It’s the time of year when family, friends, decorations, presents and mistletoe all come together to create a festive bundle of joy. But although ‘tis the season to be jolly, ‘tis also the season of household accidents and potential life threatening scenarios. What with the combination of food, drink, haphazard decorations, and small children running about, it’s a miracle any of us lived to tell the tale of last year’s celebrations. But fear not! You can still have a cracking Christmas with our handy guide for seasonal survival
Food poisoning from an undercooked turkey
It’s something every Christmas host dreads - hearing that your guests got sick from your cooking. To avoid illness, embarrassment, and being the butt of family jokes for the next decade or two (we have discovered that family members are much like elephants - they never forget), make sure your turkey is poison-proof.
Be prepared: Make sure you cook your turkey correctly, advises Mövenpick’s chef Borchardt. “Unwrap the frozen turkey and keep it upright overnight in the refrigerator on a dripping tray. This way, the excess liquid can drain off without contaminating the turkey. Keep the skin covered with a wet towel,” he says. “All turkeys come with the correct thawing instructions so please follow them strictly. Keep the defrosted turkey away from any other raw or cooked food items and ensure that all equipment surfaces have been thoroughly cleaned and sanitised. Repeat the same steps after the turkey has been prepared to avoid cross-contamination,” he adds. Make sure your turkey is completely thawed before you put it in the oven; use a wire rack to cook it on and (using a thermometer) make sure that the inside has reached the minimum safe temperature of 65 degrees.
If disaster strikes: If you have food poisoning, avoid food and drink for several hours then try to rehydrate with oral fluids (water, tea and yoghurt),” says Dr. Adham Alameddin, medical director of Synergy Medical Centre, Dubai. “If the symptoms persist for more than 24 hours, then it’s best to consult a doctor for further investigations and treatment.”
Cutting your finger on a sharp knife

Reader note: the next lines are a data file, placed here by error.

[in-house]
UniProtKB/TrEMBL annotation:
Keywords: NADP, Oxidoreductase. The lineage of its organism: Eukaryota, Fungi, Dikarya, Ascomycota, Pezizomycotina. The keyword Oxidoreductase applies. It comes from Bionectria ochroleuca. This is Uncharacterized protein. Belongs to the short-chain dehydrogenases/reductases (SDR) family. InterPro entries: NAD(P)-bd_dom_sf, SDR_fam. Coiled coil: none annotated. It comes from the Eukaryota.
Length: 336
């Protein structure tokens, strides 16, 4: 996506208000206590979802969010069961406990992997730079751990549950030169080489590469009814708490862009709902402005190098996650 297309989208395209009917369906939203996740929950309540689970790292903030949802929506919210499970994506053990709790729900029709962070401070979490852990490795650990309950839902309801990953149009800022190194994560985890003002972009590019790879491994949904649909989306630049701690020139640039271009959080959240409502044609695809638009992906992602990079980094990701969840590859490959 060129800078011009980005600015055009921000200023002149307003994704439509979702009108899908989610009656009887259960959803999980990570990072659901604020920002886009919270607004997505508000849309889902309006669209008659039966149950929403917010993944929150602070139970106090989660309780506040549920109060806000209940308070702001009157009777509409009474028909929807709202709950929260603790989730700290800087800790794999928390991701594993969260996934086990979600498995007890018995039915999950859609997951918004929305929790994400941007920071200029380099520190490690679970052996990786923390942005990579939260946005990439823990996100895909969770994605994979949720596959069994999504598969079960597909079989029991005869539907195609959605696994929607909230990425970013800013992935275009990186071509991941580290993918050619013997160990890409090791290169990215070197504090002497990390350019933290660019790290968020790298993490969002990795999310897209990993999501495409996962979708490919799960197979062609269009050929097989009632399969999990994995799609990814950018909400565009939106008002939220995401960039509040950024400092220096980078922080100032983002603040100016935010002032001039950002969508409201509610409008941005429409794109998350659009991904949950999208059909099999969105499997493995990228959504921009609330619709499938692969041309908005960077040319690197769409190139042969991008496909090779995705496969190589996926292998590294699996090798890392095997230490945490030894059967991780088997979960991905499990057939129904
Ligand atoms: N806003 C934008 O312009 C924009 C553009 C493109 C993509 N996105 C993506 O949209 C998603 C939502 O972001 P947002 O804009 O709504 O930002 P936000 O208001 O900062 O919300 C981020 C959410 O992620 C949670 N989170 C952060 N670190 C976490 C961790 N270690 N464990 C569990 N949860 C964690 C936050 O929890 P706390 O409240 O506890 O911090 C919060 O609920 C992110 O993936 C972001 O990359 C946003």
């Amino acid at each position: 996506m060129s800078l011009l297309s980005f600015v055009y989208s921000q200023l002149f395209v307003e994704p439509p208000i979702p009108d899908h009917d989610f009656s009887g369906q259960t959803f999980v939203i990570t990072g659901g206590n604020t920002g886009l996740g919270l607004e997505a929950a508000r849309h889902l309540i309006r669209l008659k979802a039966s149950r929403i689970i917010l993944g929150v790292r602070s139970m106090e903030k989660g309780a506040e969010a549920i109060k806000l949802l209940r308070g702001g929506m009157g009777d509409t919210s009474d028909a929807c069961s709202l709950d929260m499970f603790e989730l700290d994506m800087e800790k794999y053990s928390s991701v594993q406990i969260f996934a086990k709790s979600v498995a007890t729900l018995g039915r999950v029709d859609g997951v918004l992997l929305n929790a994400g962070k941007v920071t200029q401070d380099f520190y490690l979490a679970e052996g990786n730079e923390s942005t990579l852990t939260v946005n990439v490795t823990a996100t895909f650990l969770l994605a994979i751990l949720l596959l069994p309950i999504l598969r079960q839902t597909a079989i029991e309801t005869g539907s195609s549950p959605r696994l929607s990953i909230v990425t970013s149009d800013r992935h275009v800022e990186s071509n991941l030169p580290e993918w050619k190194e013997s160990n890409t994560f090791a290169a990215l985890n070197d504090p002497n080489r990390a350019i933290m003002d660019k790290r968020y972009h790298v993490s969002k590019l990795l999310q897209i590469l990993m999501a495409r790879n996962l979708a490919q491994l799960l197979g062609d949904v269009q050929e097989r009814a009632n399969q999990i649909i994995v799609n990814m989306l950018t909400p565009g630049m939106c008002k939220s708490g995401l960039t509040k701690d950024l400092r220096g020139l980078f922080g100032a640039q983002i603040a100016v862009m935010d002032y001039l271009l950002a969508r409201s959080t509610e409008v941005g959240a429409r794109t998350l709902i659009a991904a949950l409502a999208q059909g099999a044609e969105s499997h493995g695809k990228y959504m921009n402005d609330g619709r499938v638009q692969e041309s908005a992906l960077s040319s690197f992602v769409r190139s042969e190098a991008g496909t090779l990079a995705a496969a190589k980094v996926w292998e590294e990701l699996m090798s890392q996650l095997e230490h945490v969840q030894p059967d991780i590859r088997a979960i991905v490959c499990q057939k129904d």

Are you a professional chef or relation of Delia Smith? No? Then don’t try to speed-chop your vegetables like one. We know you’re in a rush, but no one wants to find a finger in amongst the broccoli.
Be prepared: Chef Borchardt explains, “To avoid cutting yourself, never spread your fingers out completely. Instead, hold the food item to be chopped with your fingers in a slight bent position, using the outside of your fingers as a guide for the blade. Don’t rush - slowly rotate the knife in a circular motion and slice the item without applying direct pressure onto it with the knife, as this will only destroy the structure of the product and cause accidents.”
If disaster strikes: Dr. Alameddin advises that the wound should be pressed strongly enough to stop the bleeding, and the arm should be held up. When the bleeding has stopped, the wound should be cleaned and dressed properly with care. If the bleeding remains active, a pressure dressing should be applied and you should take the victim to hospital for further treatment.
What is it about roast dinner that renders our ability to know when we are full useless? If you have spent a Christmas Day crying because you ate too many potatoes (seriously, just us?), over eating is something you need to watch out for.
Be prepared: Just because it’s Christmas, there’s no need to let your healthy eating habits go to pot, explains Good Habits UAE founder and nutritionist Carole Holditch. “Plan what you’re going to eat and deliberately include one or two more treats than usual such as a slice of Christmas cake or a mince pie. This will not blow your whole week! It is only unplanned bingeing that does that. Allow yourself to savour the taste of food and don’t binge for the sake of it,” she advises.